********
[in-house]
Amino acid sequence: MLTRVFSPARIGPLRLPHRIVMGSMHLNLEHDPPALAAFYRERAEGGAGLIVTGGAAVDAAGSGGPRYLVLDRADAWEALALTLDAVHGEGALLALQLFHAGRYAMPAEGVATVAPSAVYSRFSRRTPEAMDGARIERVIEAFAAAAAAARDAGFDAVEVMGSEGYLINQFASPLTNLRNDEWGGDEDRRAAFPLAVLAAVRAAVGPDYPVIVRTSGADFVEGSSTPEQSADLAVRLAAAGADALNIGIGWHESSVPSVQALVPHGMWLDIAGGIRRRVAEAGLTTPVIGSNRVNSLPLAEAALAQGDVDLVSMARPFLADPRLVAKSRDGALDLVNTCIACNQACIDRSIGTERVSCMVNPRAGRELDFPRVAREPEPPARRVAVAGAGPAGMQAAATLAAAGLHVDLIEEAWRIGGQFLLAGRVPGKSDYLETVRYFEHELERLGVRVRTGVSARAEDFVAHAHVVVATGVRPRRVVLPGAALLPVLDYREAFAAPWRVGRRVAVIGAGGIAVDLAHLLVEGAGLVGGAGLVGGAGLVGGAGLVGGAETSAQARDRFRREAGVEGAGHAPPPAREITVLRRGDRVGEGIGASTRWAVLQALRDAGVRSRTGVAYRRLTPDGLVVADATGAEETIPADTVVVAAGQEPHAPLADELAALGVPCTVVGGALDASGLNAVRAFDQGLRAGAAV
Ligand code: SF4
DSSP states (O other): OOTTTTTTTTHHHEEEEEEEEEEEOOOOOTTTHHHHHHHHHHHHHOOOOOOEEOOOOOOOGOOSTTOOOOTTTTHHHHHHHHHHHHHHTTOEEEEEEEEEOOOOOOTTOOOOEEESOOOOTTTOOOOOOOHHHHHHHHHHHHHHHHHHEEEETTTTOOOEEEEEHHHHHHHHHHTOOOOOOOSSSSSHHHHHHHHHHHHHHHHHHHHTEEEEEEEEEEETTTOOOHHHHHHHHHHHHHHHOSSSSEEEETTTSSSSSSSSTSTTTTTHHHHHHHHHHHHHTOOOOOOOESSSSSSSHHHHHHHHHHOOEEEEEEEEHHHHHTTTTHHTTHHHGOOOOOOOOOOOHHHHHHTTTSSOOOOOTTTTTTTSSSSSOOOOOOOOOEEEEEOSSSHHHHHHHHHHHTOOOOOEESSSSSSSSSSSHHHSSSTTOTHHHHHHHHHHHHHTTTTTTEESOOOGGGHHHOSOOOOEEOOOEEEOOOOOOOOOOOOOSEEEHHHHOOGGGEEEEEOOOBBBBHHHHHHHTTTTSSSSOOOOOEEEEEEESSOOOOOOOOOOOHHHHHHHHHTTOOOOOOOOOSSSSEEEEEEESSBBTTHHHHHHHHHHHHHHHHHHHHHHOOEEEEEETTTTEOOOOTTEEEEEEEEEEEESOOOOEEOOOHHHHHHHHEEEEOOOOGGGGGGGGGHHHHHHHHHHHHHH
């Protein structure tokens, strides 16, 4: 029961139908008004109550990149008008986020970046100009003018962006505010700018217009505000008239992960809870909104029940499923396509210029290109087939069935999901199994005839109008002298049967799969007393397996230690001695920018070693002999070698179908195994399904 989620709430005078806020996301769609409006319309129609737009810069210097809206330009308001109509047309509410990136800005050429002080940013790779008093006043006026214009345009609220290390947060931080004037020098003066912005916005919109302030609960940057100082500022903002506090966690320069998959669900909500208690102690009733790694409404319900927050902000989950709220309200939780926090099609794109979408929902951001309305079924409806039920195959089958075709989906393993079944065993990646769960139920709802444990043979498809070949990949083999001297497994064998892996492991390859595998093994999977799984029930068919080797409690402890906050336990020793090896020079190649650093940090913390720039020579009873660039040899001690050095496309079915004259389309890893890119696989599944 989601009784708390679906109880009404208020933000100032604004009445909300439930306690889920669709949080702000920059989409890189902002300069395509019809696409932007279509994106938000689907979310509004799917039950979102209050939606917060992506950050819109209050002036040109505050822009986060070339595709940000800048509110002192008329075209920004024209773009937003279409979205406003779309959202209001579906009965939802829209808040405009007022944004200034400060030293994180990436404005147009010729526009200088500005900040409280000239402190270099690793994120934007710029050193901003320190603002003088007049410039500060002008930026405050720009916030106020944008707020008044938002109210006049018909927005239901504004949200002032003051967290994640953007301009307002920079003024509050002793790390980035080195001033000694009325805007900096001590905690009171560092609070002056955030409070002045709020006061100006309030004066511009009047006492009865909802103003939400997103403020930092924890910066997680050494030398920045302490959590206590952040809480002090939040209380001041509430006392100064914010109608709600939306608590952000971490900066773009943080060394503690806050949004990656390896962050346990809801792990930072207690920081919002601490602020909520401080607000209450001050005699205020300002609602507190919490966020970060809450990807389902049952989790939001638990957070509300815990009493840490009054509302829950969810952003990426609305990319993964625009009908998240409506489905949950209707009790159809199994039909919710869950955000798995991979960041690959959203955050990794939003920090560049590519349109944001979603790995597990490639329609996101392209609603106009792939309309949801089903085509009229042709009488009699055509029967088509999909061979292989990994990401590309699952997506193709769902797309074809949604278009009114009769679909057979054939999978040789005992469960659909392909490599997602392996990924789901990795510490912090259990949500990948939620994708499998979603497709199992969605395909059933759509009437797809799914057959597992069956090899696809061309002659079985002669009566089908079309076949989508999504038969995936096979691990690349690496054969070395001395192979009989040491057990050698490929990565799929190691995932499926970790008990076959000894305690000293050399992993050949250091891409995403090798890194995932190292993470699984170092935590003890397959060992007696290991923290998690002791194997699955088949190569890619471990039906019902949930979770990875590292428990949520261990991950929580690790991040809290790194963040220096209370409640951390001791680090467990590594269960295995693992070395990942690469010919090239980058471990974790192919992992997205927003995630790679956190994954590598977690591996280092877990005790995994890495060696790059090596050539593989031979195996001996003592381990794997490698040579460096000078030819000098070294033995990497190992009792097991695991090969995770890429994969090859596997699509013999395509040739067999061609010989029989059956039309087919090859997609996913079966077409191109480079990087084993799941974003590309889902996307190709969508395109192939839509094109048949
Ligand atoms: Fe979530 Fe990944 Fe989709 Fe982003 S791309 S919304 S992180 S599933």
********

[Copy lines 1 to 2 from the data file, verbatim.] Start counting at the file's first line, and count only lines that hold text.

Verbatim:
[in-house]
Amino acid sequence: MLTRVFSPARIGPLRLPHRIVMGSMHLNLEHDPPALAAFYRERAEGGAGLIVTGGAAVDAAGSGGPRYLVLDRADAWEALALTLDAVHGEGALLALQLFHAGRYAMPAEGVATVAPSAVYSRFSRRTPEAMDGARIERVIEAFAAAAAAARDAGFDAVEVMGSEGYLINQFASPLTNLRNDEWGGDEDRRAAFPLAVLAAVRAAVGPDYPVIVRTSGADFVEGSSTPEQSADLAVRLAAAGADALNIGIGWHESSVPSVQALVPHGMWLDIAGGIRRRVAEAGLTTPVIGSNRVNSLPLAEAALAQGDVDLVSMARPFLADPRLVAKSRDGALDLVNTCIACNQACIDRSIGTERVSCMVNPRAGRELDFPRVAREPEPPARRVAVAGAGPAGMQAAATLAAAGLHVDLIEEAWRIGGQFLLAGRVPGKSDYLETVRYFEHELERLGVRVRTGVSARAEDFVAHAHVVVATGVRPRRVVLPGAALLPVLDYREAFAAPWRVGRRVAVIGAGGIAVDLAHLLVEGAGLVGGAGLVGGAGLVGGAGLVGGAETSAQARDRFRREAGVEGAGHAPPPAREITVLRRGDRVGEGIGASTRWAVLQALRDAGVRSRTGVAYRRLTPDGLVVADATGAEETIPADTVVVAAGQEPHAPLADELAALGVPCTVVGGALDASGLNAVRAFDQGLRAGAAV